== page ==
New Patient Monitoring Devices Handle More Than Just Vital Signs

Armen Hareyan's picture
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An aging population and a shortage of healthcare workers have driven the development of systems that can monitor patients remotely, process data, and even alert a healthcare worker if there is a problem. These new generation patient monitoring (PM) systems earned an estimated $3.9 billion dollars for device manufacturers in 2007; and this could more than double in five years, according to High-Tech Patient Monitoring Systems, a new market research study by Kalorama Information.

The diseases that make up most of US healthcare spending -- asthma, COPD, congestive heart failure, chronic heart disease and diabetes -- are also among those most amenable to patient monitoring. And better PM systems mean that patients can leave the hospital sooner, thus reducing costs. Given this demand, manufacturers such as Honeywell, GE and Abbott have raced to add wireless communication, data processing and web interfacing features. These features enable the systems to gather, sort, and drop data into a patient's electronic medical record (EMR) for future review.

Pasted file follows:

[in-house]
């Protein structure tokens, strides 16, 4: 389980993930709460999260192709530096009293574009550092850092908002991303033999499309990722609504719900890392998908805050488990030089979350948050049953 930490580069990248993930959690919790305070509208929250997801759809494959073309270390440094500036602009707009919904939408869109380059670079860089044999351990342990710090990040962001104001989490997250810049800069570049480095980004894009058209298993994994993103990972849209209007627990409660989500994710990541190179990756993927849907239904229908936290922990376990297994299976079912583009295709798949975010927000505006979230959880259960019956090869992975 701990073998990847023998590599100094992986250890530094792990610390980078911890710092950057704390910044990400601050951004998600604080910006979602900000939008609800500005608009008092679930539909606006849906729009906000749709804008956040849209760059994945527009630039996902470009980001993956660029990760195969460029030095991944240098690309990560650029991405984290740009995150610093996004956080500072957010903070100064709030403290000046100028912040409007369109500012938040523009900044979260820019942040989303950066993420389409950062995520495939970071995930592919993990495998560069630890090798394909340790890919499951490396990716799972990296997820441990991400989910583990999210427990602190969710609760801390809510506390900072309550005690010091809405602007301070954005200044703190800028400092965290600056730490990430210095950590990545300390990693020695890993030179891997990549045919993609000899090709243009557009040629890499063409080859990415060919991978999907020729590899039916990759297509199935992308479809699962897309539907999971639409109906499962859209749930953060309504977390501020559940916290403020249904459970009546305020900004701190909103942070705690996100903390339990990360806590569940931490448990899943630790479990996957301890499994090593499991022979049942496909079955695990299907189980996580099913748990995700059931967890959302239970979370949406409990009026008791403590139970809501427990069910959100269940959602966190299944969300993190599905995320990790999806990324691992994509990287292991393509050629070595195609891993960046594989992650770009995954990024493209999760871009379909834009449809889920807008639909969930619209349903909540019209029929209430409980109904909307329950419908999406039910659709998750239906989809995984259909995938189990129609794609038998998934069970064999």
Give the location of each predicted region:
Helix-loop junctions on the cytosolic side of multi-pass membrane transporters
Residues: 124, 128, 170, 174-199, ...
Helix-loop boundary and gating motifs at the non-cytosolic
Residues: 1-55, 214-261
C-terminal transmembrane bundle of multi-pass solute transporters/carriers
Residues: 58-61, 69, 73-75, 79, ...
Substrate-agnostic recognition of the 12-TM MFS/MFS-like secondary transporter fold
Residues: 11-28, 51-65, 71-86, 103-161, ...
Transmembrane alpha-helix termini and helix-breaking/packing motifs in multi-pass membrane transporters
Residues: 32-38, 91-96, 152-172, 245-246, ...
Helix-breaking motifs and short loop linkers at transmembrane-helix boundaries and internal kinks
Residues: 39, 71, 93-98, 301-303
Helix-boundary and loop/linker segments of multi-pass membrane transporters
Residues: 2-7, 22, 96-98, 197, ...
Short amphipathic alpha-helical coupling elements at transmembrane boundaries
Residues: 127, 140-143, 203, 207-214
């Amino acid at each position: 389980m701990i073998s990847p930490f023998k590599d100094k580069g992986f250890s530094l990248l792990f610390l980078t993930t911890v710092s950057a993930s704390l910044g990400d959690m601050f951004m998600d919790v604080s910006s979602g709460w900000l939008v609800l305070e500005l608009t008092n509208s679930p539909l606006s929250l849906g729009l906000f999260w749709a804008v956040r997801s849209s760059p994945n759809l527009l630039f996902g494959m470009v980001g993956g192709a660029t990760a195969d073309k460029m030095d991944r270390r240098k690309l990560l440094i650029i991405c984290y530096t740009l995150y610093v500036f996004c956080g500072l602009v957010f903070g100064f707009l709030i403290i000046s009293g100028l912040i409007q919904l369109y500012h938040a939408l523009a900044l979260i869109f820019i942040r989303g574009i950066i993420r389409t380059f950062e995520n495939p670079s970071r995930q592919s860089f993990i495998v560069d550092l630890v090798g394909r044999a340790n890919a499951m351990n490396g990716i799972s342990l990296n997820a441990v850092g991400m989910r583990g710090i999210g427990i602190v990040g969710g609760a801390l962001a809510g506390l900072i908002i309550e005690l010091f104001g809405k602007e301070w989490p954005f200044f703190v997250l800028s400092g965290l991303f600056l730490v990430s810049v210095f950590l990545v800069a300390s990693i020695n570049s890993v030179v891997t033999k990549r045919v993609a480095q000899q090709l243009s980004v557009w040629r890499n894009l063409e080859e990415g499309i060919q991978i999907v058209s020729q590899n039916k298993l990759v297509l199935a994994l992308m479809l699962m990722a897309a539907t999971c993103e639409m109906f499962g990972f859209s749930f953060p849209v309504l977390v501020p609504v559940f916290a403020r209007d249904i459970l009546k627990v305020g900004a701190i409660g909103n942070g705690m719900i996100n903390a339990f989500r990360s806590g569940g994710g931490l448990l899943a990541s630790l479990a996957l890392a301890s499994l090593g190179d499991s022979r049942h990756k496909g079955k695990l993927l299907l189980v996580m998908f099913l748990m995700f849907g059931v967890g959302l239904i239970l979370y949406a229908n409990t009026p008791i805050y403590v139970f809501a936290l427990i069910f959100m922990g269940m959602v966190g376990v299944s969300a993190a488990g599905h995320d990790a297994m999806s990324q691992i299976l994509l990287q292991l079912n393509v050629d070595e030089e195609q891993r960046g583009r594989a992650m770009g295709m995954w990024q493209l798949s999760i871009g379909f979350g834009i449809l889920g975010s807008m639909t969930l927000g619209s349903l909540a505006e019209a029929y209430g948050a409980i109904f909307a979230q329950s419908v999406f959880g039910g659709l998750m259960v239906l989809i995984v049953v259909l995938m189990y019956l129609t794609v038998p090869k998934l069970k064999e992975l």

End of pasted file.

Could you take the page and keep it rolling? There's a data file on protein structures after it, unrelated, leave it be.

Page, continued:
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But most useful are the intelligent PM systems that can "read" the data based on pre-programmed algorithms for a patient's specific condition, and can automatically report to a healthcare worker or physician when measurements are abnormal.

"Data is important, but if your system only gathers data, you are just increasing the burden on the workers who have to then interpret that data," said Melissa Elder, analyst for Kalorama Information. "The smart PM systems know that when a pre-defined number is hit, its time to call the doctor."

Some systems can even take patient care a step further, incorporating built-in video and audio interfaces so that the patient and physician can speak.

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